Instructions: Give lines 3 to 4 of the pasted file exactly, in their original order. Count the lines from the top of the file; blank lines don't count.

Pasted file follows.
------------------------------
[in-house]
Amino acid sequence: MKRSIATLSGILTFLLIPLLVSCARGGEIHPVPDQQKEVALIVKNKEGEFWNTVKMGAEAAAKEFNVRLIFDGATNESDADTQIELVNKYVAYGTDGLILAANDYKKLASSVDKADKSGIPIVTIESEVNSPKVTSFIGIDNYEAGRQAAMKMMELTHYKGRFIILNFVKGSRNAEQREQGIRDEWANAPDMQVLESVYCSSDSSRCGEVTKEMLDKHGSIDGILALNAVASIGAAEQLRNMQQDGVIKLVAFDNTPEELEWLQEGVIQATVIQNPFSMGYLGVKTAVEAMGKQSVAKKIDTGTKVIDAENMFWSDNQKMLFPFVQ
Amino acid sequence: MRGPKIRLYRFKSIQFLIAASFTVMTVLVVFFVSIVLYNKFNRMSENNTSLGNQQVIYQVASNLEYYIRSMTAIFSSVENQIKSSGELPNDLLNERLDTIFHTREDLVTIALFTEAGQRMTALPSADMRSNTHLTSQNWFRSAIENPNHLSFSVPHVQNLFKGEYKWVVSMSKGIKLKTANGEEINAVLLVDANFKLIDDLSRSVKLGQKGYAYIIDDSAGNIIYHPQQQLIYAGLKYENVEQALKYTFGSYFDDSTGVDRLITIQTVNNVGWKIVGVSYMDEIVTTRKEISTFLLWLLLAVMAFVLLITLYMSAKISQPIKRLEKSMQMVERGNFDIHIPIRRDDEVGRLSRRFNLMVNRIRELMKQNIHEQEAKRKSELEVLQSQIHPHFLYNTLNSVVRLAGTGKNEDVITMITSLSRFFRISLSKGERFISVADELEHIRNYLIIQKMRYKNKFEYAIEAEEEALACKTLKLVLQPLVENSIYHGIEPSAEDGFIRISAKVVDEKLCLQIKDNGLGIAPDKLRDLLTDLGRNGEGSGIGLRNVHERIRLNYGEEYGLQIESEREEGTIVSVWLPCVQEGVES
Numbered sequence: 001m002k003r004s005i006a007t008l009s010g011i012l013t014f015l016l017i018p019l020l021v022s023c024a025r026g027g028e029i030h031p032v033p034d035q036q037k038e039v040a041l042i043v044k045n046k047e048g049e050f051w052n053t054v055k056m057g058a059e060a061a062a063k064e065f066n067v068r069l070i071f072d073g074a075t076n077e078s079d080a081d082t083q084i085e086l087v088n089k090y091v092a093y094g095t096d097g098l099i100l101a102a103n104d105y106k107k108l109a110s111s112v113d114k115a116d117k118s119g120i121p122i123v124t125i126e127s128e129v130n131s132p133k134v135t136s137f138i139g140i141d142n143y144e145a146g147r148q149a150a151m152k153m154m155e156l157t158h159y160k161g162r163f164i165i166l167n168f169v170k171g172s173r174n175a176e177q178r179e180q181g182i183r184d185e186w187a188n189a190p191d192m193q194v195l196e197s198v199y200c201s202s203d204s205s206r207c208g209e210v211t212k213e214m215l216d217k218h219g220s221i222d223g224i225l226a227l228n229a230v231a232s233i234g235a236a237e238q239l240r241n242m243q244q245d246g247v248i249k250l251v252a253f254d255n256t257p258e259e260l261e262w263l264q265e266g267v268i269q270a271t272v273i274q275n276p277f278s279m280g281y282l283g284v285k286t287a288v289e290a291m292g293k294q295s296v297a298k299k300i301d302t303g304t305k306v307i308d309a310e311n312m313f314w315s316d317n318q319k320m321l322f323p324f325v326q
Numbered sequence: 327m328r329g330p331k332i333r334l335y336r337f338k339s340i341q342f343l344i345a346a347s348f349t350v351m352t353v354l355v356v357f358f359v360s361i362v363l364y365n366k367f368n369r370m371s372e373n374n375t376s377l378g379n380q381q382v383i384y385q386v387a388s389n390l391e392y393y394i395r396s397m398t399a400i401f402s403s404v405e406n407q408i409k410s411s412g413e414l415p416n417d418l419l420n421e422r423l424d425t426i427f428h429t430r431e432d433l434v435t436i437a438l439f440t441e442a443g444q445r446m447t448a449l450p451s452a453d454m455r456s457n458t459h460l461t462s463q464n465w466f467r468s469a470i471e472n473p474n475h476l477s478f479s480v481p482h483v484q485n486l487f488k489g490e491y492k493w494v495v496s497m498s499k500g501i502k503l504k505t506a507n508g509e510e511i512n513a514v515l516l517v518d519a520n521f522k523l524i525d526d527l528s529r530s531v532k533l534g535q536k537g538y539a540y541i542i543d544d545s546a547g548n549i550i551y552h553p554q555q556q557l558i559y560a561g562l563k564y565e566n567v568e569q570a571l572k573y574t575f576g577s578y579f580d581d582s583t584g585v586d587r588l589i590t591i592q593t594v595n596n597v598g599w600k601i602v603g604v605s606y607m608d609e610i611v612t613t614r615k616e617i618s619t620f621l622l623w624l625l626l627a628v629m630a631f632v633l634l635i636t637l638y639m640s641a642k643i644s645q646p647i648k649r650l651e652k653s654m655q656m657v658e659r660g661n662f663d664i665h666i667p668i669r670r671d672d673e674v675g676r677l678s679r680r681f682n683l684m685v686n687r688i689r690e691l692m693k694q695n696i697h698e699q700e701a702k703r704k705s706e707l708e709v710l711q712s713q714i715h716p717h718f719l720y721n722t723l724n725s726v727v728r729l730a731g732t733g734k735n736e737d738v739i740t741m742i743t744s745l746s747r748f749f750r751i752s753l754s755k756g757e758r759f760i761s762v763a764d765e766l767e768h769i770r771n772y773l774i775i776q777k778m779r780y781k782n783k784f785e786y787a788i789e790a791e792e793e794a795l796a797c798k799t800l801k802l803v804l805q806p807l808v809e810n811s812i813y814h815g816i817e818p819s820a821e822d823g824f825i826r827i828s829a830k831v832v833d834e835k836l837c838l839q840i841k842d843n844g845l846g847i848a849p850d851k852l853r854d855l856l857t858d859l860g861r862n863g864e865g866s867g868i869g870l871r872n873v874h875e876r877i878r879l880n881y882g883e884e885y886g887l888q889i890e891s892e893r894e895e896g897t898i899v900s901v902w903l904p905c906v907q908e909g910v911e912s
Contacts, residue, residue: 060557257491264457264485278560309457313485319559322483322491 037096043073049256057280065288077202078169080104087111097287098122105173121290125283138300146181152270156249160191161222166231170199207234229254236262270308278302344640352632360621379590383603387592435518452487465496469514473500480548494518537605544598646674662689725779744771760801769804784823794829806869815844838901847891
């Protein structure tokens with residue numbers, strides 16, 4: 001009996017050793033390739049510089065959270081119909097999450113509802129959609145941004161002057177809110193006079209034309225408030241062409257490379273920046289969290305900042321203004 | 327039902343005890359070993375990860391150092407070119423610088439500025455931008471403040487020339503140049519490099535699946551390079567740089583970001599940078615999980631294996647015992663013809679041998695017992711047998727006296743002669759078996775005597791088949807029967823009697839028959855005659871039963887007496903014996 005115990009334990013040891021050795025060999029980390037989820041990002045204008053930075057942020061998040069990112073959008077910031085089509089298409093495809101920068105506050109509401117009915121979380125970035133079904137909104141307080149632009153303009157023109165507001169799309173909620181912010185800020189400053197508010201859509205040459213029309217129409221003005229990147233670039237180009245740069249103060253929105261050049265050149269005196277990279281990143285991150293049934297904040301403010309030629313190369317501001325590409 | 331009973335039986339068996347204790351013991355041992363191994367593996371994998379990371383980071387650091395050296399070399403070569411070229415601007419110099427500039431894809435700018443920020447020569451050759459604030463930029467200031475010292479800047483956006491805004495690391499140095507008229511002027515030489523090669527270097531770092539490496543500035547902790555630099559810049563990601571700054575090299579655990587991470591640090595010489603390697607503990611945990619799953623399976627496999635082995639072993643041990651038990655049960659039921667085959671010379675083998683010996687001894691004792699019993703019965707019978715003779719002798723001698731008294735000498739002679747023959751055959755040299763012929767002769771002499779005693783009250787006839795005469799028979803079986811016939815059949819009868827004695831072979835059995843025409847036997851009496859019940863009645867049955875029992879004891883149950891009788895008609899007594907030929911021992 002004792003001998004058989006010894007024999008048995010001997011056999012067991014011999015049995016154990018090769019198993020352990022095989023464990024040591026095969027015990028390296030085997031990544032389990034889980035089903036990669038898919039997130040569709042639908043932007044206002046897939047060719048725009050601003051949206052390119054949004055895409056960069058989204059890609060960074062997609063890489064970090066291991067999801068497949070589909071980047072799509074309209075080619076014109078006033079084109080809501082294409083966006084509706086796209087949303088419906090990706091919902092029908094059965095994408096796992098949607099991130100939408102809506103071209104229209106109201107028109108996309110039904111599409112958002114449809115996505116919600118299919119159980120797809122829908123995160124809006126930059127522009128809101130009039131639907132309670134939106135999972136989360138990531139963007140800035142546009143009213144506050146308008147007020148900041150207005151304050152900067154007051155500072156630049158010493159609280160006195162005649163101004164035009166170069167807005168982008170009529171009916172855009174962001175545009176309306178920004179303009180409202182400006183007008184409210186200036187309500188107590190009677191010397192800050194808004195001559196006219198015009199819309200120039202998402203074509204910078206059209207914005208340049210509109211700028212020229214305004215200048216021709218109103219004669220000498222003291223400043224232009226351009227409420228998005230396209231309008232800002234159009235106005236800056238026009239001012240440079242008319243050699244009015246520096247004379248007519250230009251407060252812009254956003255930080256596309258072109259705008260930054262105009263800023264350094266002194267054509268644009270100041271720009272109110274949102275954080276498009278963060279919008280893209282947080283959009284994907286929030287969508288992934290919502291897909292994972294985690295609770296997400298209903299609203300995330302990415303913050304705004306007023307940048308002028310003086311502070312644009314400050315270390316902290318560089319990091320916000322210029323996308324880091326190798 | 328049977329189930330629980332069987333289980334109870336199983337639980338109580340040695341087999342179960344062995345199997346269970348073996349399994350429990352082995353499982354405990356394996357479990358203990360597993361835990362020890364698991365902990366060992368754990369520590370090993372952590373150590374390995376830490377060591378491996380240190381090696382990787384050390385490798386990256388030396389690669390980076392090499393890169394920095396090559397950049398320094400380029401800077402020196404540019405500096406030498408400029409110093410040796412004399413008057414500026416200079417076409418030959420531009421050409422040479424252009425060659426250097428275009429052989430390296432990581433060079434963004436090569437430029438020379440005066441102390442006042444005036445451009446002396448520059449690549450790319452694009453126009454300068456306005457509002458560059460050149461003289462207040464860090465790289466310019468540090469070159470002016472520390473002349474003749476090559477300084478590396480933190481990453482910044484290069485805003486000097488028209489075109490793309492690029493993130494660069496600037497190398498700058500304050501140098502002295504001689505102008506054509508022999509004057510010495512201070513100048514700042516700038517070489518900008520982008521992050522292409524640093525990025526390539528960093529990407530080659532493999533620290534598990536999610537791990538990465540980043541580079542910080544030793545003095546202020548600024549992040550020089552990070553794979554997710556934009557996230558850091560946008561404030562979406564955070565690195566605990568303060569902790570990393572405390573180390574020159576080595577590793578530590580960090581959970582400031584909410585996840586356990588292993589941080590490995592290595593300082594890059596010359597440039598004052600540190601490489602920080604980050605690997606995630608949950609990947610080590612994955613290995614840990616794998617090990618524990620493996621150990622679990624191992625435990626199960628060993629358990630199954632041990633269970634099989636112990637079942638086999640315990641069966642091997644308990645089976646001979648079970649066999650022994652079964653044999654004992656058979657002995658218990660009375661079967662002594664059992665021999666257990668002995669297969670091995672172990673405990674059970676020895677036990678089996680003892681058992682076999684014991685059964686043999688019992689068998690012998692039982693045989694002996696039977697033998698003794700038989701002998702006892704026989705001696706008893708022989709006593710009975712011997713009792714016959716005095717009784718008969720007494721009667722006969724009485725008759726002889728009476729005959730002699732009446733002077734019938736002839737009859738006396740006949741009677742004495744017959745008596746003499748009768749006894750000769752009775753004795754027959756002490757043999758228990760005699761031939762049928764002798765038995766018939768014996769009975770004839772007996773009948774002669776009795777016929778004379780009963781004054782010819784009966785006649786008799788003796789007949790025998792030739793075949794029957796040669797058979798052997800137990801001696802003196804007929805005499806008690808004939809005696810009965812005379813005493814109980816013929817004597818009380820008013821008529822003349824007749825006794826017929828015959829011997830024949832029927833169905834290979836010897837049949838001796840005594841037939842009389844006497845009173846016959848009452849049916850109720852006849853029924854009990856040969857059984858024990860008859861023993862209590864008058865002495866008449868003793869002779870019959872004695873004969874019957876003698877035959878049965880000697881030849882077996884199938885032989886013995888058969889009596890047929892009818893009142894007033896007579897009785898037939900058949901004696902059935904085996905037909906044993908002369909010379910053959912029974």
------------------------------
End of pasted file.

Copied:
Amino acid sequence: MRGPKIRLYRFKSIQFLIAASFTVMTVLVVFFVSIVLYNKFNRMSENNTSLGNQQVIYQVASNLEYYIRSMTAIFSSVENQIKSSGELPNDLLNERLDTIFHTREDLVTIALFTEAGQRMTALPSADMRSNTHLTSQNWFRSAIENPNHLSFSVPHVQNLFKGEYKWVVSMSKGIKLKTANGEEINAVLLVDANFKLIDDLSRSVKLGQKGYAYIIDDSAGNIIYHPQQQLIYAGLKYENVEQALKYTFGSYFDDSTGVDRLITIQTVNNVGWKIVGVSYMDEIVTTRKEISTFLLWLLLAVMAFVLLITLYMSAKISQPIKRLEKSMQMVERGNFDIHIPIRRDDEVGRLSRRFNLMVNRIRELMKQNIHEQEAKRKSELEVLQSQIHPHFLYNTLNSVVRLAGTGKNEDVITMITSLSRFFRISLSKGERFISVADELEHIRNYLIIQKMRYKNKFEYAIEAEEEALACKTLKLVLQPLVENSIYHGIEPSAEDGFIRISAKVVDEKLCLQIKDNGLGIAPDKLRDLLTDLGRNGEGSGIGLRNVHERIRLNYGEEYGLQIESEREEGTIVSVWLPCVQEGVES
Numbered sequence: 001m002k003r004s005i006a007t008l009s010g011i012l013t014f015l016l017i018p019l020l021v022s023c024a025r026g027g028e029i030h031p032v033p034d035q036q037k038e039v040a041l042i043v044k045n046k047e048g049e050f051w052n053t054v055k056m057g058a059e060a061a062a063k064e065f066n067v068r069l070i071f072d073g074a075t076n077e078s079d080a081d082t083q084i085e086l087v088n089k090y091v092a093y094g095t096d097g098l099i100l101a102a103n104d105y106k107k108l109a110s111s112v113d114k115a116d117k118s119g120i121p122i123v124t125i126e127s128e129v130n131s132p133k134v135t136s137f138i139g140i141d142n143y144e145a146g147r148q149a150a151m152k153m154m155e156l157t158h159y160k161g162r163f164i165i166l167n168f169v170k171g172s173r174n175a176e177q178r179e180q181g182i183r184d185e186w187a188n189a190p191d192m193q194v195l196e197s198v199y200c201s202s203d204s205s206r207c208g209e210v211t212k213e214m215l216d217k218h219g220s221i222d223g224i225l226a227l228n229a230v231a232s233i234g235a236a237e238q239l240r241n242m243q244q245d246g247v248i249k250l251v252a253f254d255n256t257p258e259e260l261e262w263l264q265e266g267v268i269q270a271t272v273i274q275n276p277f278s279m280g281y282l283g284v285k286t287a288v289e290a291m292g293k294q295s296v297a298k299k300i301d302t303g304t305k306v307i308d309a310e311n312m313f314w315s316d317n318q319k320m321l322f323p324f325v326q